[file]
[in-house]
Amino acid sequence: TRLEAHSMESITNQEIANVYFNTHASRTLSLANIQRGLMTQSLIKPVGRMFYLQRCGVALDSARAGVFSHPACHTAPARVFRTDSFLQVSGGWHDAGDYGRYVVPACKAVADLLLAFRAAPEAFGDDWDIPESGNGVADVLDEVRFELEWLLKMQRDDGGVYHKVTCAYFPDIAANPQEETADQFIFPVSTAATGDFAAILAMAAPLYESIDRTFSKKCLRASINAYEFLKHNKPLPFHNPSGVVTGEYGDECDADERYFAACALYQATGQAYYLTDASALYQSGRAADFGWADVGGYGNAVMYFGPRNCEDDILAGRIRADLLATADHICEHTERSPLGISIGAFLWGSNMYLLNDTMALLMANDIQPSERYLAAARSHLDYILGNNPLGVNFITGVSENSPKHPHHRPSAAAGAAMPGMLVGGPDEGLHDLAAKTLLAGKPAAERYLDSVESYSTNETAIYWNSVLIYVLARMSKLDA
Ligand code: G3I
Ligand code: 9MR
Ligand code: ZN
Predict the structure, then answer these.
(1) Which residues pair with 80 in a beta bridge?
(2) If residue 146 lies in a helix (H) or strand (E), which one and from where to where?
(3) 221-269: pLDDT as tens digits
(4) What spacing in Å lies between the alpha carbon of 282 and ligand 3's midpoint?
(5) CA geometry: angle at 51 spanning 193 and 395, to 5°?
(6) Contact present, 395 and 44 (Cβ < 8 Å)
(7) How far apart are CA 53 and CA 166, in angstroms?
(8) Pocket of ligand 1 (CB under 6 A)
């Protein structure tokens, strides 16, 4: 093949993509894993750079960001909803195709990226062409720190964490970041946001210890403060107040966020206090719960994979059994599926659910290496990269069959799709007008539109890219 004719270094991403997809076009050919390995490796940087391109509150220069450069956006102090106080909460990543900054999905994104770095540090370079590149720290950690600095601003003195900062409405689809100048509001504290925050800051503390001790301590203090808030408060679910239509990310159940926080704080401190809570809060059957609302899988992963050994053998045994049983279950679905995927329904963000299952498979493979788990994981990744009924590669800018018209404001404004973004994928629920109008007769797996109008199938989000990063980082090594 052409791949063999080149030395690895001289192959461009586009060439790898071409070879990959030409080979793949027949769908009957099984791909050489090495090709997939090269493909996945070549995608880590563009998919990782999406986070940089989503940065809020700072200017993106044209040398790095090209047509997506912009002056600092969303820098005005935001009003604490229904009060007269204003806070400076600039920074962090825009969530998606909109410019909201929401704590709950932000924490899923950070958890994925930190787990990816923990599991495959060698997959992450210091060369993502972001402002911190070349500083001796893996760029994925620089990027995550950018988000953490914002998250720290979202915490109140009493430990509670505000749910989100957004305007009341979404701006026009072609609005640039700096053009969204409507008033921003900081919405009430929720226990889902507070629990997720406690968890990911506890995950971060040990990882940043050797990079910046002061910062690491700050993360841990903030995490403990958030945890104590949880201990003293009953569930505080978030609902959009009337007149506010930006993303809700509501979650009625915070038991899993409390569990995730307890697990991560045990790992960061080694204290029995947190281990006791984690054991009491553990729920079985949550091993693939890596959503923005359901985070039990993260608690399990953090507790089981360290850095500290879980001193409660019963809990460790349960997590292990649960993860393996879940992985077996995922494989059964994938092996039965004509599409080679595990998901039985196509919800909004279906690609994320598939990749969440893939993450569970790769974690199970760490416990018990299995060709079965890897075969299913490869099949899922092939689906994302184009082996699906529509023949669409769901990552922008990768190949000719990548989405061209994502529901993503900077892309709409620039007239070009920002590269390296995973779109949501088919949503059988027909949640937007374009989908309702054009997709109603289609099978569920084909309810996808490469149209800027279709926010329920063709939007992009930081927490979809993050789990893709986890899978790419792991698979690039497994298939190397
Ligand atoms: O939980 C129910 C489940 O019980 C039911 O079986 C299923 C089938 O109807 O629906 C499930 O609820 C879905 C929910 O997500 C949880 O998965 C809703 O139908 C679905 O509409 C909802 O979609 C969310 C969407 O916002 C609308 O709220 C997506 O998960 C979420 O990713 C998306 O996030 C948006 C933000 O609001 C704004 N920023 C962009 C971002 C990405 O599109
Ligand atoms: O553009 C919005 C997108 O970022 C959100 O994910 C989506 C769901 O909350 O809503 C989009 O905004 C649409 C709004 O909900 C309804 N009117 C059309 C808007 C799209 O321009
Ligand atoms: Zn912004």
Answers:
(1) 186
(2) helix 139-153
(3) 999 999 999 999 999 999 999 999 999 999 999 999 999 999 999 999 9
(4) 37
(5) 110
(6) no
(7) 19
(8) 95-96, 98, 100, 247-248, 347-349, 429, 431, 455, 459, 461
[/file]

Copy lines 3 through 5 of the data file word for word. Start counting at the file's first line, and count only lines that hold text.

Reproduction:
Ligand code: G3I
Ligand code: 9MR
Ligand code: ZN